How to save seeds

By: Simon Webster | June 7, 2018

Saving leek seeds
Photo: Alamy

Saving your own seeds is a great idea. For several reasons:

It’s free

You might have to buy a paper bag or two, but other than that, all you need to spend is a bit of time.

It will help you produce great crops

Over time, as you keep saving seeds from your biggest, tastiest, earliest/latest, most pest-resistant and disease-free crops, you’ll find your seeds turn into plants that give you just what you’re looking for, and are perfectly suited to the conditions in your backyard. If your climate changes, your plants should evolve with it.

It’s good for food sovereignty

The more variety of plants we grow, and the more seed collections we have, the less vulnerable we are to outbreaks of rust, plagues of locusts, or sudden policy changes. 

You can share

Once you start saving seeds, you’ll soon have more than you know what to do with. Swap them, give them away, or start a seed-saving network. Seeds may be precious, but strangely, they’re also plentiful. Or visit seedsavers.net who explain how to set up your own seed savers network, and list those that already exist.

It’s easy

OK, some seeds are easier to save than others. Some seeds are fiddly, and some plants need to be quarantined to stop them being corrupted through cross-pollination (see ‘Rule no.4’). But, generally, it’s not rocket science.

How to save seeds

Rule No.1: Only save seeds from open-pollinated varieties (see ‘What are open-pollinated varieties?’). There’s no point saving hybrids because they won’t grow ‘true to type’
(in other words, like their parents).

Rule No.2: Save seeds from the best plants in your garden. Rule No.3: Nurture your best plants. Water them, feed them, and manage pests and diseases, so they’re in tip-top shape when they’re forming their seeds.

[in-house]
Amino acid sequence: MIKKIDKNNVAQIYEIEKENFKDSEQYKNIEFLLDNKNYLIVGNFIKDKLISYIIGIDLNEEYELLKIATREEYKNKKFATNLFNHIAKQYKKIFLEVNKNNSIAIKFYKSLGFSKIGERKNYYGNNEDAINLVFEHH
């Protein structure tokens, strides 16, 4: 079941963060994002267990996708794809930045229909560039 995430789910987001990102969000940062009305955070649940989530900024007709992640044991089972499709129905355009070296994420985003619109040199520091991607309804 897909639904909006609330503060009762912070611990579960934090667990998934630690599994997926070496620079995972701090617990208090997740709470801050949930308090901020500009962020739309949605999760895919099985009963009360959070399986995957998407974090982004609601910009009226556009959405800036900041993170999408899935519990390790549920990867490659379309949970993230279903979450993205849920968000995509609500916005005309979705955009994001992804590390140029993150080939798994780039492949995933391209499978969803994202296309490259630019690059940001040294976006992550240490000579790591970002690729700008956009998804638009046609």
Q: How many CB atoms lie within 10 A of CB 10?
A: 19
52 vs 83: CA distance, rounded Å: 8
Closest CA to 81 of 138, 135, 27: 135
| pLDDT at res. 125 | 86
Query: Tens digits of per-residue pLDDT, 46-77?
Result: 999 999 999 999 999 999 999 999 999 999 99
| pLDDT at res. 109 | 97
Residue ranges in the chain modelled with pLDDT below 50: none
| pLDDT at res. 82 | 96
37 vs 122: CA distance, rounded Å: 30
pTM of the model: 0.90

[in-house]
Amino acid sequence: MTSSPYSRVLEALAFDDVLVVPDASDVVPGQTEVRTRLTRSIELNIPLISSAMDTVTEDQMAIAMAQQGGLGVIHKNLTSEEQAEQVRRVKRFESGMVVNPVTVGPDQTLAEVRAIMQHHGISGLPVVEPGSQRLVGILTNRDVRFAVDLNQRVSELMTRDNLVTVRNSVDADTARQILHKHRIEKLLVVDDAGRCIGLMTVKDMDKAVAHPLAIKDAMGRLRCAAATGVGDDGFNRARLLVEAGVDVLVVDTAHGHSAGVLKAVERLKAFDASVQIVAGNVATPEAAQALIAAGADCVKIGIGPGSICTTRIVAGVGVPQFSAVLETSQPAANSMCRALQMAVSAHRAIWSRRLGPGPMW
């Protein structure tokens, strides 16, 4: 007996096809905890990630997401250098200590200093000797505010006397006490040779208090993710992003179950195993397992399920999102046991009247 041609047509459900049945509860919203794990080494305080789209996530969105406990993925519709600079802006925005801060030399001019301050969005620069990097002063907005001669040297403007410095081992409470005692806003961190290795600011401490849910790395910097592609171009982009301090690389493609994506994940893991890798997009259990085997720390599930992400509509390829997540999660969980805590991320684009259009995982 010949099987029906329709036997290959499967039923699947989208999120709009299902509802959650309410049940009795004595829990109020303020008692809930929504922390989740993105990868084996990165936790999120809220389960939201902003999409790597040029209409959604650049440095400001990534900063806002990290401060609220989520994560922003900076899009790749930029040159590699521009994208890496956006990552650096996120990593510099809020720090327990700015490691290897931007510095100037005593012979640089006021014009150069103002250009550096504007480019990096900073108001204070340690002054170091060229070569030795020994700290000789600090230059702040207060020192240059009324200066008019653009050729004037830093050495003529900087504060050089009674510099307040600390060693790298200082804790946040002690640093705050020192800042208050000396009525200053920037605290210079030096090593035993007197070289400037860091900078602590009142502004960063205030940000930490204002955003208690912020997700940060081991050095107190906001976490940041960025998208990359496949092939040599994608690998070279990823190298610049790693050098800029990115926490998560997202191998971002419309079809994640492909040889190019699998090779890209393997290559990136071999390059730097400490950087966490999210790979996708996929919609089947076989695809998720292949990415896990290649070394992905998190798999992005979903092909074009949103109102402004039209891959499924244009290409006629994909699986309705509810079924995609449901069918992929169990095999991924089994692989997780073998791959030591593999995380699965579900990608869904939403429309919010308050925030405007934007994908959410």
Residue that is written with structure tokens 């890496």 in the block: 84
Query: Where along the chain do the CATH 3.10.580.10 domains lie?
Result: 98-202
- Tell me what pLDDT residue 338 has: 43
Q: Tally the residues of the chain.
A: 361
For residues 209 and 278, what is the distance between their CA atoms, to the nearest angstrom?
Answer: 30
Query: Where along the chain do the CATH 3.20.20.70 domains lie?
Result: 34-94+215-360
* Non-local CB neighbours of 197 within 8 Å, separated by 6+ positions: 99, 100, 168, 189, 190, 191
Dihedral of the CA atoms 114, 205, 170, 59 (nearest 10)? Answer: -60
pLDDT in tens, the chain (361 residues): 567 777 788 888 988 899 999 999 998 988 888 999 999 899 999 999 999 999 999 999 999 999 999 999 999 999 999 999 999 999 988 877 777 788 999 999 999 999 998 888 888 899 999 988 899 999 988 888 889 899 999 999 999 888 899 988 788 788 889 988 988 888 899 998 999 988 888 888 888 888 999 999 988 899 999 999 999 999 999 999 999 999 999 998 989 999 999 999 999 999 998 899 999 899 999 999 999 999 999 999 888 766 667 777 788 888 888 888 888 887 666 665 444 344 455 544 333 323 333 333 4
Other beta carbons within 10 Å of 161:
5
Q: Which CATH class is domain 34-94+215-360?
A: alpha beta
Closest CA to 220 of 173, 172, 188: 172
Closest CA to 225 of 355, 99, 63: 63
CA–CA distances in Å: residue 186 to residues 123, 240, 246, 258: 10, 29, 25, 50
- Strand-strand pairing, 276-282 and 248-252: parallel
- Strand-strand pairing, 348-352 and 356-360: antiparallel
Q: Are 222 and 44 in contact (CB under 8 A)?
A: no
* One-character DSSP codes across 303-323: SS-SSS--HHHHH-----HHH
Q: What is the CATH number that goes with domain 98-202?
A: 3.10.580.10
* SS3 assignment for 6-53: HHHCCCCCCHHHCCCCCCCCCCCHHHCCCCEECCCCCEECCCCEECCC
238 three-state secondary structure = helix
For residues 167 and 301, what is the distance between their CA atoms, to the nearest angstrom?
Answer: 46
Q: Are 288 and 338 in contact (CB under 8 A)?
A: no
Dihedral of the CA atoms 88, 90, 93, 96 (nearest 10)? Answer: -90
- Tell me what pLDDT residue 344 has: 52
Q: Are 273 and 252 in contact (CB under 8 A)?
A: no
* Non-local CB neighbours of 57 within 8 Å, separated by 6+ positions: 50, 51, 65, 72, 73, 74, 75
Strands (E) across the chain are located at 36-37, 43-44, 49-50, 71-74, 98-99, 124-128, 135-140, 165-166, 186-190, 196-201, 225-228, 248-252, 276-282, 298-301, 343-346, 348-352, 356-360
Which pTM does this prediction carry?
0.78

Rule no.4: Avoid cross-pollination. To keep your varieties pure – and to ensure your seed contains only the genetic material that you want it to contain – you need to make
sure your plants aren’t being cross-pollinated by an insect transferring pollen from the plant of another variety or species. You can do this by growing only one variety and ensuring there is a suitable distance between it and any other varieties (including any grown by your neighbours). Or you can grow different varieties at different times. Alternatively, you can cover flowers with paper bags – or entire beds with glass or netting – and hand-pollinate. Different plants have different needs when it comes to avoiding cross-pollination. Different varieties of corn, for example, must be kept hundreds of metres apart. But peas (see right) don’t need any isolation at all.

Rule No.5: Store seeds carefully. Most vegetable seeds will stay viable for three to five years if stored correctly. They should be dry and stored in a cool, dark place.
Five degrees is a good temperature, making the fridge ideal. 

For more on why seed saving is vital to our food future, grab the latest copy of Organic Gardener Issue 102 OUT NOW!

 

Related topics

Gardening Basics, All Gardens, seeds, Issue 102 – July/August 2018, What to do now
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